Angela Merkel's conservatives gave her an 11-minute standing ovation after handing her another term as party chief but also issued a warning in re-electing her with the worst score since she became German chancellor.
With the mixed verdict Tuesday from her party rank and file on her bid for a fourth term, Merkel embarks on her toughest election campaign weakened by her liberal refugee policy that has polarised Europe's biggest economy.
While 89.5 percent is hardly a score to be scoffed at, it fell just short of the 90 percent of Christian Democratic Union delegates seen as a crucial threshold.
"It shows that she has lost confidence but has not fully regained it," said Spiegel Online.
Rheinische Post daily agreed, saying that "it is clear that this chancellor is no longer strong enough to simply use 'you know me' to win the 2017 elections," referring to a previous Merkel slogan.
"That attitude, which helped her in the 2013 (general election) campaign, almost led to her doom in the refugee crisis. For too long, she has trusted her party and voters to simply follow her," it said.
Merkel's decision last September to let in people fleeing war has become her Achilles' heel, as public resentment mounted after more than a million asylum seekers have arrived in Europe's biggest economy since the start of 2015.
The displeasure has been manifested in setbacks for her party in five consecutive state elections this year, as the upstart populist AfD recorded a surge of support on the back of their campaign railing against migrants.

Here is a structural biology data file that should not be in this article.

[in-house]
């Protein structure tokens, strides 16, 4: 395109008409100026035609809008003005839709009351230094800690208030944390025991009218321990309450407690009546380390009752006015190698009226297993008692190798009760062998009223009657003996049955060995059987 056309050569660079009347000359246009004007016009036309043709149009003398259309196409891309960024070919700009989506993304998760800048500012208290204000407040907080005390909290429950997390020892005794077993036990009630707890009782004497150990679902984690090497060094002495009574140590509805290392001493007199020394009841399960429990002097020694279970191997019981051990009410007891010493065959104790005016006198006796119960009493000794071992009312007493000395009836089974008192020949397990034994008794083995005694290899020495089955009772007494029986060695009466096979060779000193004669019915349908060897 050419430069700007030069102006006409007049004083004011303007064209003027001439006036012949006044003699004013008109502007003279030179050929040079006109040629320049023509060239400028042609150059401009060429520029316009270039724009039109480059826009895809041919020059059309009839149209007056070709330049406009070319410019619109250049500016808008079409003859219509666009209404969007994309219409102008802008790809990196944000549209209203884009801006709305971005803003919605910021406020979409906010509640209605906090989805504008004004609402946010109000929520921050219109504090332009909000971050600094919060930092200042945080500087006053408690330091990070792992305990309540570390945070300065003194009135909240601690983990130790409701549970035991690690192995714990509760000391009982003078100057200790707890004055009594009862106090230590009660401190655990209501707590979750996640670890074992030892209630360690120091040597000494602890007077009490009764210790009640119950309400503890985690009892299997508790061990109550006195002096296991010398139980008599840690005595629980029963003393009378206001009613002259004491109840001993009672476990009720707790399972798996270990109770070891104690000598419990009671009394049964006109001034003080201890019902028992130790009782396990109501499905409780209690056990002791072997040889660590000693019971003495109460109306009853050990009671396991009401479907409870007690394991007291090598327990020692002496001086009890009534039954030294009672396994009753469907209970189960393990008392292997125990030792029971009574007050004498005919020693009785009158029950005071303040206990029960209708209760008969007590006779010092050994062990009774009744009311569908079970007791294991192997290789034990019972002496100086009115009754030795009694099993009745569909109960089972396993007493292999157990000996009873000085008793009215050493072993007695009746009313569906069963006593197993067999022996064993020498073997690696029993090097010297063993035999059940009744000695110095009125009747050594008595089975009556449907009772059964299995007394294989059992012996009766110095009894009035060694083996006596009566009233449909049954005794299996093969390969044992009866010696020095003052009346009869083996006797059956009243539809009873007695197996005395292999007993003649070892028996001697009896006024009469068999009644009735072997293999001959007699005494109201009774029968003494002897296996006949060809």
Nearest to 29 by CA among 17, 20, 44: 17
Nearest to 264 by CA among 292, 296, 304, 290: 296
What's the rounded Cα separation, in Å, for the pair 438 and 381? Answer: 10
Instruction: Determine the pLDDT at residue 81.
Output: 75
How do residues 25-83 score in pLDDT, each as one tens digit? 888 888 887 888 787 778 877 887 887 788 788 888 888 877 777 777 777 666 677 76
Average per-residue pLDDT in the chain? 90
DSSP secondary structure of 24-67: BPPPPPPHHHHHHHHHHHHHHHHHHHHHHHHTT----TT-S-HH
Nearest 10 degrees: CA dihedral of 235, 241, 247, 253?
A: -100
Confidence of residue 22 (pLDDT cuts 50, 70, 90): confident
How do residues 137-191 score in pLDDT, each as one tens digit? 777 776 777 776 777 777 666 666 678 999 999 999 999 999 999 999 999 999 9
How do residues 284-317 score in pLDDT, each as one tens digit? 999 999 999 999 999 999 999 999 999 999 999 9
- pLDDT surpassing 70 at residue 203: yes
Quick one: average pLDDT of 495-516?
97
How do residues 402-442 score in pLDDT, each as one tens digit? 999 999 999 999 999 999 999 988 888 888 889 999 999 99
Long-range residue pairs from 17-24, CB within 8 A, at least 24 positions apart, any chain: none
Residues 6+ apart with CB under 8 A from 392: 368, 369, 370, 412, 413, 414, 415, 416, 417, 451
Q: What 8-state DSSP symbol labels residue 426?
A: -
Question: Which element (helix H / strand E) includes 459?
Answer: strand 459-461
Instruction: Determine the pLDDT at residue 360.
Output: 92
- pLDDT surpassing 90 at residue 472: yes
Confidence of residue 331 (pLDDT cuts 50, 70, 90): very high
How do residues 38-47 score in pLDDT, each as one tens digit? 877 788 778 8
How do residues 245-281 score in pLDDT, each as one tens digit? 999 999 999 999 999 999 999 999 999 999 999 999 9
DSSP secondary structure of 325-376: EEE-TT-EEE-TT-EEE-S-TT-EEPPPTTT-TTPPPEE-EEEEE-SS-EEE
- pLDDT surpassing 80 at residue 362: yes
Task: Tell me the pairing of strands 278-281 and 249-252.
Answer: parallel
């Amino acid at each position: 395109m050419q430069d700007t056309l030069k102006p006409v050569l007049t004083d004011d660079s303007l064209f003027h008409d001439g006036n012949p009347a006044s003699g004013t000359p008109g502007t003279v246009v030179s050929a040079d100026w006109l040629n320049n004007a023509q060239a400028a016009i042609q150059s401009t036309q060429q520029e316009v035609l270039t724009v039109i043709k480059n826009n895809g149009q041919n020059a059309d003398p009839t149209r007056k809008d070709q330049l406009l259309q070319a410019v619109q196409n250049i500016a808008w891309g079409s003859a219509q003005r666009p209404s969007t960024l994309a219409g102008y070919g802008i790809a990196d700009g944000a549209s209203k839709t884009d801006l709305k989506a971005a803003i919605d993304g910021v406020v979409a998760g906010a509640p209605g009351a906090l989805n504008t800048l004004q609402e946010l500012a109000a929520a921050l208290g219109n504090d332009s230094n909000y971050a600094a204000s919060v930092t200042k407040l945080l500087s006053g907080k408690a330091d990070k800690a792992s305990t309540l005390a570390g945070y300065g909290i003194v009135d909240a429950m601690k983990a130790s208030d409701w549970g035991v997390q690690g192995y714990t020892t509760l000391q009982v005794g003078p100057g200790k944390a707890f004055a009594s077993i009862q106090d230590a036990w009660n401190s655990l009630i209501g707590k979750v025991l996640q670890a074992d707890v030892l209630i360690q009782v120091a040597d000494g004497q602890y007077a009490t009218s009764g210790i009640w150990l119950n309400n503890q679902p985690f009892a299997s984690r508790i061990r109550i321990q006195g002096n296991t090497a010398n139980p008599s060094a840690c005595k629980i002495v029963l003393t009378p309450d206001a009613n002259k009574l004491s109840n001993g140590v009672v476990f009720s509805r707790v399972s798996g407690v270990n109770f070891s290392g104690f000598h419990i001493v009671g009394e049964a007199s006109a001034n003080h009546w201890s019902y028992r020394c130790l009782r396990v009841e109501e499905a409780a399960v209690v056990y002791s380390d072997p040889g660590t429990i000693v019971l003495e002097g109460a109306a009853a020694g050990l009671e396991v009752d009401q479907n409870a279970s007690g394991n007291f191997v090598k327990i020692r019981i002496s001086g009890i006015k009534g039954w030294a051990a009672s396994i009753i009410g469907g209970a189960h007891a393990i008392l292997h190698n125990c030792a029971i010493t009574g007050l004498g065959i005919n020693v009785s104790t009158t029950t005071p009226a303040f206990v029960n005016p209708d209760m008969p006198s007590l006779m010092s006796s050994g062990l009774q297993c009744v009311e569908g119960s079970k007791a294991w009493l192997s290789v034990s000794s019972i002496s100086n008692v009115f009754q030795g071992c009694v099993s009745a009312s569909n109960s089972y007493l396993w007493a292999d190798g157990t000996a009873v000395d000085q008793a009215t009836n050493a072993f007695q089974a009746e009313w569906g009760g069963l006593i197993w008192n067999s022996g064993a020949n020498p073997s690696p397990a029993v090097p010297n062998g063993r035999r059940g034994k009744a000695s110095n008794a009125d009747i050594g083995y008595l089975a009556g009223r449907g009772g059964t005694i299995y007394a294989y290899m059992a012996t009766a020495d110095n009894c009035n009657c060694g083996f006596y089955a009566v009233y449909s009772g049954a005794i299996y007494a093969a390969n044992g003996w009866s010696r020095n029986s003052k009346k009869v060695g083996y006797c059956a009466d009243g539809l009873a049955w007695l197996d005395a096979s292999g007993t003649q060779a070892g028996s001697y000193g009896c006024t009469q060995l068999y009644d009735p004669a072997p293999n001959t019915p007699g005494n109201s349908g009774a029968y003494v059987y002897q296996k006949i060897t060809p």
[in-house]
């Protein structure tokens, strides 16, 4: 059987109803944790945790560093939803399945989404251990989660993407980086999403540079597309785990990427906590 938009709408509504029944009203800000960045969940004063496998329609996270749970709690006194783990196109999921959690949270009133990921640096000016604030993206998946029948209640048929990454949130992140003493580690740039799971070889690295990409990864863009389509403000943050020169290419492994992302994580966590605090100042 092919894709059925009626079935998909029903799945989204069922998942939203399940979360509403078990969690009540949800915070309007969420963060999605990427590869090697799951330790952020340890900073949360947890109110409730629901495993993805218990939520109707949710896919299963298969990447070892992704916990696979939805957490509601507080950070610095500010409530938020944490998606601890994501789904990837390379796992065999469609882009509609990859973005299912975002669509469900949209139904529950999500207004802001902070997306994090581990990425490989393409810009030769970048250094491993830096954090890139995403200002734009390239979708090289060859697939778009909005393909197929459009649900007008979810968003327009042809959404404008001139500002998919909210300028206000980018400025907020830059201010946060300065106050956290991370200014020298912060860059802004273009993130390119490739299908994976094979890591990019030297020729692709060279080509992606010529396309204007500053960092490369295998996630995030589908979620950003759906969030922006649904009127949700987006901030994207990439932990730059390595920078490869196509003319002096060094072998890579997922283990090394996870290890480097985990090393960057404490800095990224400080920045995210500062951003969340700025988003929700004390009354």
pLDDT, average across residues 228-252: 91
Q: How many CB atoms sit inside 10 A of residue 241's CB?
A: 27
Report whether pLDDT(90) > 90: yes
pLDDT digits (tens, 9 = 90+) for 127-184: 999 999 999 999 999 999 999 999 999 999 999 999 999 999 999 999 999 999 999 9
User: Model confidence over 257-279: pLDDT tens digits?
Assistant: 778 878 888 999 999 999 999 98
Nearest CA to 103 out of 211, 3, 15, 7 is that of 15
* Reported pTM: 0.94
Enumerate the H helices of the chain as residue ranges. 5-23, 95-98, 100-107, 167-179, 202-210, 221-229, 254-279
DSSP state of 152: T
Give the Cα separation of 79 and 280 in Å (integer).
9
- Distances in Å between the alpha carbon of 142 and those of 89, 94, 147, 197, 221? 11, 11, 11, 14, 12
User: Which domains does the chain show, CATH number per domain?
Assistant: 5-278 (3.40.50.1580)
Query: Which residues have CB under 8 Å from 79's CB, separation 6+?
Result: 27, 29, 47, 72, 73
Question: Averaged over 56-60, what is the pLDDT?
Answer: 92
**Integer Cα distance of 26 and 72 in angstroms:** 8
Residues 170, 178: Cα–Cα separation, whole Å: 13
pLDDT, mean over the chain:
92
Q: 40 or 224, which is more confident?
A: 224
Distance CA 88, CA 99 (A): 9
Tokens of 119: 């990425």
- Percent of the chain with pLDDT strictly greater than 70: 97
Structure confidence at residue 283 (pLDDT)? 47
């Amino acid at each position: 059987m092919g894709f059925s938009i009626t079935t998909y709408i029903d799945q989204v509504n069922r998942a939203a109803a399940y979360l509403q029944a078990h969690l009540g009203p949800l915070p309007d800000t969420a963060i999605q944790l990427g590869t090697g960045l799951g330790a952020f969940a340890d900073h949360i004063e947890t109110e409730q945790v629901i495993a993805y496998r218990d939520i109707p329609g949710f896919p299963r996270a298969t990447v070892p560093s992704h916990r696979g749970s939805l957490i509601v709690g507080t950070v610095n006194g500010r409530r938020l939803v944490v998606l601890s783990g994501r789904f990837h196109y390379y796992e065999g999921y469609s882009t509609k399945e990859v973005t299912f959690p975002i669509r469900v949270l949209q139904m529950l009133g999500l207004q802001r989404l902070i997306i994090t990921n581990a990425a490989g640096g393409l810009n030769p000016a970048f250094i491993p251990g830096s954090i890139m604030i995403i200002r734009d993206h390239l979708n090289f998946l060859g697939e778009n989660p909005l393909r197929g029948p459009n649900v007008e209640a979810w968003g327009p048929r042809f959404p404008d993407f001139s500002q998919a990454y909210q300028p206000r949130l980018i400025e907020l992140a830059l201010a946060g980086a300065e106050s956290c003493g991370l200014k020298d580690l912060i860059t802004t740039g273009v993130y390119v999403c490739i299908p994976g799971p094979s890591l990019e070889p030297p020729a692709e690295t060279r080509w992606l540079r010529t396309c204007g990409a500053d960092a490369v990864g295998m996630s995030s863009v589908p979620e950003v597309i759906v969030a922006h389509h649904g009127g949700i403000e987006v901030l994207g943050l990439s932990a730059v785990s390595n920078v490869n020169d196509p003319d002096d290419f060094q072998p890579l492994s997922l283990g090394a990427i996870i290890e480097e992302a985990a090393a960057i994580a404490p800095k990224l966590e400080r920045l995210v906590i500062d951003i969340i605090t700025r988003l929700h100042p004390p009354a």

Delegates at the CDU's annual congress are particularly anxious to halt a further haemorrhage of supporters to the AfD, as three more state elections loom next year in the run-up to the nationwide polls.
"We're winning few voters from the left, but we're losing a lot to the right," said delegate Eugen Abele, accusing Merkel of positioning the party too far left and giving room for the AfD to stake a claim to the party's right.
Recognising the public resentment over her refugee policy, Merkel has ditched last year's mantra of "we can do this".
Rather, she laid out a tough stance on immigration and even called for a partial ban on the Muslim full-face veil, as she pleaded with her delegates for help in her fight for a fourth term.
Wolfgang Reinhart, CDU lawmaker in the Baden-Wuerttemberg state parliament, told AFP he welcomed the chancellor's "new tone" stating that refugee and migration policies will become more restrictive.
But he also recognised that "we still don't have a way to deal with the new nationalism and populism" challenge put by the AfD.
For the Green party's parliamentary chief Anton Hofreiter, Merkel was pandering to the conservative right with her new stance.
"The CDU is leaving the liberal middle-ground and shifting right," he told Die Welt daily.
The regional daily Lausitzer Rundschau was harsher in its criticism of the battle strategy outlined by Merkel on Tuesday, saying it "lacked the rational power to convince" and showed "no mission".
"The chancellor and her CDU are lucky that the right in Germany hasn't found someone as determined and unscrupulous as Donald Trump," it said.